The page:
Microsoft is helping you battle fake news on your phone: Its Edge browser now tells you how reliable sites are.
The company started installing the NewsGuard plug-in -- which you previously had to download manually -- on all mobile versions of the browser, as reported by The Guardian.
After turning on news rating in Edge's settings menu, you can see NewsGuard's shield icon in the browser's address bar whenever you visit a news site. Green indicates a reliable outlet, while red suggests you should be skeptical about what you read.
"Proceed with caution: this website generally fails to maintain basic standards of accuracy and accountability," it said of Russian news site RT.
You can tap the "the full Nutrition label" to learn more. In RT's case, NewsGuard noted that it's "the website of a leading Russian government propaganda effort."
The service highlighted that Mail Online (the website of Britain's Daily Mail tabloid) has "been forced to pay damages in numerous high-profile cases," according to The Guardian.
Mail Online initially had a red shield, but the BBC reported Friday, Feb. 1, that it was switched to a green one following "discussions with a Daily Mail executive." However, NewsGuard said the outlet "still failed to gather and present information responsibly."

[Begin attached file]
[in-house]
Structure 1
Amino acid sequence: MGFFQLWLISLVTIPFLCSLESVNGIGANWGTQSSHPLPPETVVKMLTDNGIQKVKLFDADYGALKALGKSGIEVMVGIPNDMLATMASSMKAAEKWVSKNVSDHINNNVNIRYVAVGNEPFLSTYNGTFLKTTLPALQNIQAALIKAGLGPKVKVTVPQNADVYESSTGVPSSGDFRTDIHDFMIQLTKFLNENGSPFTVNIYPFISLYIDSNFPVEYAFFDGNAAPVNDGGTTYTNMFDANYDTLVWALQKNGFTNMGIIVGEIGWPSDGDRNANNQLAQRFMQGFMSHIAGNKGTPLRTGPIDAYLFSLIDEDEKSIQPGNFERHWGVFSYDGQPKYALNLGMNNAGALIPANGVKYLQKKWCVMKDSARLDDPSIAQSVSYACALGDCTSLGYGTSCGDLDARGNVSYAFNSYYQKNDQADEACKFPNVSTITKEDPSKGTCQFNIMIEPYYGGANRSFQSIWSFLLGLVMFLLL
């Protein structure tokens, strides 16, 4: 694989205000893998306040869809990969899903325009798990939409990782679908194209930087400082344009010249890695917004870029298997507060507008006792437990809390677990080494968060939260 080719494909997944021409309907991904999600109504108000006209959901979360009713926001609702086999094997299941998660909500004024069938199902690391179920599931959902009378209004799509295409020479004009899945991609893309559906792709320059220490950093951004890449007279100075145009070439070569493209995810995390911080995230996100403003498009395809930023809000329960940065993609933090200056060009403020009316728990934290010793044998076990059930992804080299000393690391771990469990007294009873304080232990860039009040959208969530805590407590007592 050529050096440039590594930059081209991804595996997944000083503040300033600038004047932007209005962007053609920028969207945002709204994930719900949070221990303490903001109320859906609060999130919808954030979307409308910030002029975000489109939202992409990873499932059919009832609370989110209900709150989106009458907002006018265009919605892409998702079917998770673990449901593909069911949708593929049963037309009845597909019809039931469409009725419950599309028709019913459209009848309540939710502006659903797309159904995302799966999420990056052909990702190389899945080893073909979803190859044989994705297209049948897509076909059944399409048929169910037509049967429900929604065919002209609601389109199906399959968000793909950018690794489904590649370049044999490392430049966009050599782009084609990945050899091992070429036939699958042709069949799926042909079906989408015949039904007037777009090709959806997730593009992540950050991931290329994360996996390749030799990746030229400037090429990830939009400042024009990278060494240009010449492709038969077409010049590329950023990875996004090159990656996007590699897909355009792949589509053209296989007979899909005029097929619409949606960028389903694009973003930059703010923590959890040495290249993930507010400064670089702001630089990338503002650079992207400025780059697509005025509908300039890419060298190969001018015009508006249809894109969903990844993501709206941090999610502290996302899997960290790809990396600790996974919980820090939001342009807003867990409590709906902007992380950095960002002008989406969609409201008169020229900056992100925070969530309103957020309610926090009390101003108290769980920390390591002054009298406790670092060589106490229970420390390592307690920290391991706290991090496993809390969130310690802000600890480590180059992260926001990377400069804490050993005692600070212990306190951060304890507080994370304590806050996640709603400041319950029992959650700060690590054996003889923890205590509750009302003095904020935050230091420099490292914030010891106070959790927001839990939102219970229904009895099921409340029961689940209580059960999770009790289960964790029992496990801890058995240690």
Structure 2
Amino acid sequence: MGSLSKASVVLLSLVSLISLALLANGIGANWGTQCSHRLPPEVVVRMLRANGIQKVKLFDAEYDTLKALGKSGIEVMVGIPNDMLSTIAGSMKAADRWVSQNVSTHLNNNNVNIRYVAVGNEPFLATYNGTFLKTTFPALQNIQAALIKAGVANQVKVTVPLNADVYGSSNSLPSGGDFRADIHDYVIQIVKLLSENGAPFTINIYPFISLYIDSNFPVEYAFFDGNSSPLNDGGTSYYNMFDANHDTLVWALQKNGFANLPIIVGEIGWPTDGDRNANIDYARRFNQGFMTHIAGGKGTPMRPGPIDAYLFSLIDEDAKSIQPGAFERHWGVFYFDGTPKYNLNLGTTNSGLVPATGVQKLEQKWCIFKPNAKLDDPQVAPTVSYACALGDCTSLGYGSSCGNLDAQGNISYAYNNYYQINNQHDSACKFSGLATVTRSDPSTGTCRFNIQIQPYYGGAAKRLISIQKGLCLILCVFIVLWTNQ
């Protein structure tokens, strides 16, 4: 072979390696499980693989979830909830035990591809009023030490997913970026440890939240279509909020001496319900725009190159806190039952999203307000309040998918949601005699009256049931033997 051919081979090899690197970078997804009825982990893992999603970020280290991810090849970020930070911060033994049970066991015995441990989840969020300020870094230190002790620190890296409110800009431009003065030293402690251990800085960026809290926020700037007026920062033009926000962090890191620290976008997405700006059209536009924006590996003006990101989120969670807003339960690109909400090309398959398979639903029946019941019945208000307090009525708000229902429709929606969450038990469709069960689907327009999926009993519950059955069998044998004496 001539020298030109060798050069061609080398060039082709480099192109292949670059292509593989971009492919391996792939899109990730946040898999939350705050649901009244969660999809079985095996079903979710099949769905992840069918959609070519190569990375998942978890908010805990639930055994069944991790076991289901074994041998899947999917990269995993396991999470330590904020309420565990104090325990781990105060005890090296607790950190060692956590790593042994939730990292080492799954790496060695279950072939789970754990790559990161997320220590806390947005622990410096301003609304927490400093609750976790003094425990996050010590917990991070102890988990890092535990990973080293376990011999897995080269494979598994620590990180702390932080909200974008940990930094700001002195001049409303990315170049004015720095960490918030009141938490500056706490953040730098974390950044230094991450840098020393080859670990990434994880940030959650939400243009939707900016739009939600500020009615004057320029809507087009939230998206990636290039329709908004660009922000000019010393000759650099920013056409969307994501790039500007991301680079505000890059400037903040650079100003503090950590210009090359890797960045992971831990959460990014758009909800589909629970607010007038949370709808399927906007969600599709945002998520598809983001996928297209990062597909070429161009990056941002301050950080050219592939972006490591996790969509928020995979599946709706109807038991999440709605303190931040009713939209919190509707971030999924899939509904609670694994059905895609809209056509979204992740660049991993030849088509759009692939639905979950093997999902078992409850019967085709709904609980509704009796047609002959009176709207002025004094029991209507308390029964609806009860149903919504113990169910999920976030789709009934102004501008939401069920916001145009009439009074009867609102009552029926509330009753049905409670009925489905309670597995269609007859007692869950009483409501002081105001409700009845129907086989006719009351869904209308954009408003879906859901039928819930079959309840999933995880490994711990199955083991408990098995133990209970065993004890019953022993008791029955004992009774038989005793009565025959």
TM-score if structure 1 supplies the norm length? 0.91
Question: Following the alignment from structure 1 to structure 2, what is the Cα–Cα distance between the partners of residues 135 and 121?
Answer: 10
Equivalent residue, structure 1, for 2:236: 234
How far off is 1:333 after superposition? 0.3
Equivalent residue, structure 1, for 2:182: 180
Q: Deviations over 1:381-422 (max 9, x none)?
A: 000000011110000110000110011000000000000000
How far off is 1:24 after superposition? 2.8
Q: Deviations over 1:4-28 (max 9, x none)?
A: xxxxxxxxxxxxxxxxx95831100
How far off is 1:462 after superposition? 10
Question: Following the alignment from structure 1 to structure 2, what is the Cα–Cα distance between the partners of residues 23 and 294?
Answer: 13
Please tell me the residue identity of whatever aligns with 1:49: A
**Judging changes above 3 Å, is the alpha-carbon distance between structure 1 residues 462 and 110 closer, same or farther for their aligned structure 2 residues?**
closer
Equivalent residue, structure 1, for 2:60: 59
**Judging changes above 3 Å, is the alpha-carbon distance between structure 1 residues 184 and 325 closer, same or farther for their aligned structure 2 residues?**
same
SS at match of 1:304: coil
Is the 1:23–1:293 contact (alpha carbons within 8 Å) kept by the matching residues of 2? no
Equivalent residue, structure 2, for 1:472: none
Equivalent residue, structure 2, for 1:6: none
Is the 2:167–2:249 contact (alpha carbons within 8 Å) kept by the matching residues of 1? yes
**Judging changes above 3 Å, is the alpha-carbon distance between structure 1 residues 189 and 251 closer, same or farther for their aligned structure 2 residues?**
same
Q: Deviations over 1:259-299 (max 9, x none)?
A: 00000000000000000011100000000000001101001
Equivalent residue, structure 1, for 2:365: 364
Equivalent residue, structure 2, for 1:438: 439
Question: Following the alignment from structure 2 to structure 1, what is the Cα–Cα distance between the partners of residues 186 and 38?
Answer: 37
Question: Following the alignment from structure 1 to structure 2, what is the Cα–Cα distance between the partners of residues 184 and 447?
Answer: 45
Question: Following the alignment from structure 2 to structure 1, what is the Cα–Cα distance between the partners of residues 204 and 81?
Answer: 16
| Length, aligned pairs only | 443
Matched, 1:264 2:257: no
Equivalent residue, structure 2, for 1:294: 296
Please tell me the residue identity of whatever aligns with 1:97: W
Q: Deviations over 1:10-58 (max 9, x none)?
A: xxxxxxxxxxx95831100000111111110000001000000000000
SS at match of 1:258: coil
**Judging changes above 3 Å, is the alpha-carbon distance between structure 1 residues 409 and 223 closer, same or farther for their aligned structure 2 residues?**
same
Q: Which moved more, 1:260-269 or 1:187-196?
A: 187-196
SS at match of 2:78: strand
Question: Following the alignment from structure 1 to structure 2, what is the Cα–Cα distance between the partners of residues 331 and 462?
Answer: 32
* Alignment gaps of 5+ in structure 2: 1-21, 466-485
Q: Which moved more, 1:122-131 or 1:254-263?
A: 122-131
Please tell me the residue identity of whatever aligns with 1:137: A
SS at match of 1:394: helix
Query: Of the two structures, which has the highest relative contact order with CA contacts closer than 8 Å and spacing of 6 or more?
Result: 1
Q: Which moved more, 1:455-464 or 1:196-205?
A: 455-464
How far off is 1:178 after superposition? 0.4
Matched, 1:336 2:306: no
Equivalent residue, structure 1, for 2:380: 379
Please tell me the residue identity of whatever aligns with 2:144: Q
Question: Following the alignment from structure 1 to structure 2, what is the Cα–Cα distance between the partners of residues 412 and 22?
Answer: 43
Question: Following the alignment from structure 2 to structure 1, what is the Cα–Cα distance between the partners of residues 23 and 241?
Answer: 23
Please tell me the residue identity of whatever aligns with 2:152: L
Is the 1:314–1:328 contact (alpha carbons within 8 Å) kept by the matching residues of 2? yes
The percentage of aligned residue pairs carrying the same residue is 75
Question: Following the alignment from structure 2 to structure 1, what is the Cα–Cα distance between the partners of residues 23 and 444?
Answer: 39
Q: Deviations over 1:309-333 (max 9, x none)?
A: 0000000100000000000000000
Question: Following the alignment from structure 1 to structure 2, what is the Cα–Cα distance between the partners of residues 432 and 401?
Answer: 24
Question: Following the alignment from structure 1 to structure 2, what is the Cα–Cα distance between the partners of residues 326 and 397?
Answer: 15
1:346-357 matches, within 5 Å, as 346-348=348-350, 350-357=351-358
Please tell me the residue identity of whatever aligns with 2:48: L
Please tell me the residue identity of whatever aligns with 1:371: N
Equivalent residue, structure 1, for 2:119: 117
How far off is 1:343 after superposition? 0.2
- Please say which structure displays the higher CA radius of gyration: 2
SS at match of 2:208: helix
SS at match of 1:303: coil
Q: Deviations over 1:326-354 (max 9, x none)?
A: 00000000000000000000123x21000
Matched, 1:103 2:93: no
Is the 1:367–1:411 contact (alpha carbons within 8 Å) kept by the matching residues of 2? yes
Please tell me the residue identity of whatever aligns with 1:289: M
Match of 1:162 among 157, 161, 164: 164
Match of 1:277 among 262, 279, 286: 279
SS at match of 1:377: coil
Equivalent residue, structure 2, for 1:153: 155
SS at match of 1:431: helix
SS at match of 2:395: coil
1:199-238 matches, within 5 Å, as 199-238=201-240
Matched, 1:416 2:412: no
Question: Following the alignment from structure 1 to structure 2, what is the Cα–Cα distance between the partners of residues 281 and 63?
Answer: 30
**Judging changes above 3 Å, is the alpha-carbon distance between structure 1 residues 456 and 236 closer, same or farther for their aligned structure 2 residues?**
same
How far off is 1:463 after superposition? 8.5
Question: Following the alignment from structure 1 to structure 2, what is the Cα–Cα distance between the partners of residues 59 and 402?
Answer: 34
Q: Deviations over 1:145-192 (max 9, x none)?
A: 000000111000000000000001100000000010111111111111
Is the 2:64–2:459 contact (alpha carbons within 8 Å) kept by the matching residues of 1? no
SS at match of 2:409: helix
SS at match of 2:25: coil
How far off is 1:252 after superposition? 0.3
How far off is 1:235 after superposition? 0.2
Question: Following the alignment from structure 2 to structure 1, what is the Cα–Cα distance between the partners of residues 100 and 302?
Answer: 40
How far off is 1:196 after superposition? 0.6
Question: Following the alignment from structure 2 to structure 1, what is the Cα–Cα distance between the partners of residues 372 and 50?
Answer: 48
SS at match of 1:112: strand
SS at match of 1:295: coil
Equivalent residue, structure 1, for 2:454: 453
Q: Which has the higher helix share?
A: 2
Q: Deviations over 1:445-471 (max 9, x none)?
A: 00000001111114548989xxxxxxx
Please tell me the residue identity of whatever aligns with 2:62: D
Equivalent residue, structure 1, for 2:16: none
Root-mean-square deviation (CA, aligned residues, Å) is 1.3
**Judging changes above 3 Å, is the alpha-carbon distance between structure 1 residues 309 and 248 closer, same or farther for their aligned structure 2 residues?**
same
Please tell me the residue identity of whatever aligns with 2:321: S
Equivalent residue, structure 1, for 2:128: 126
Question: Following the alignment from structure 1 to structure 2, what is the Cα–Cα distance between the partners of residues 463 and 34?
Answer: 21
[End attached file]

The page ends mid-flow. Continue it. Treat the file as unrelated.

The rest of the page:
By contrast, The New York Times got a green rating and the label said it "exerts significant influence on national and international news and public debate."
The plug-in rates sites based on various criteria including repeated publishing of false content, deceptive headlines and methods of gathering information, in addition to revealing the site's ownership, credibility history and transparency.
Clear shields indicate that NewsGuard hasn't reviewed the site yet, but you can suggest they do easily -- just tap the submit option.
The company is staffed by trained journalists who "come from diverse backgrounds and have no political axes to grind," it noted on its site.
"We're delighted to be able to reach millions of people through Microsoft Edge for mobile, giving news consumers more information about the sources of news they see online based on basic journalistic criteria of credibility and transparency," Gordon Crovitz, one of NewsGuard's CEOs, wrote in an emailed statement.
"The objective is not to preclude access to any news content -- an approach that would conflict with our nation's free speech principles -- but rather to empower readers with additional information on the source and reliability of that content as they consume and/or share it," Tom Burt, Microsoft's corporate vice president for customer security and trust, wrote in a blog post when it first partnered with NewsGuard last summer.
Neither RT nor Mail Online responded to requests for comment. We've reached out to NewsGuard regarding the change to Mail Online's status.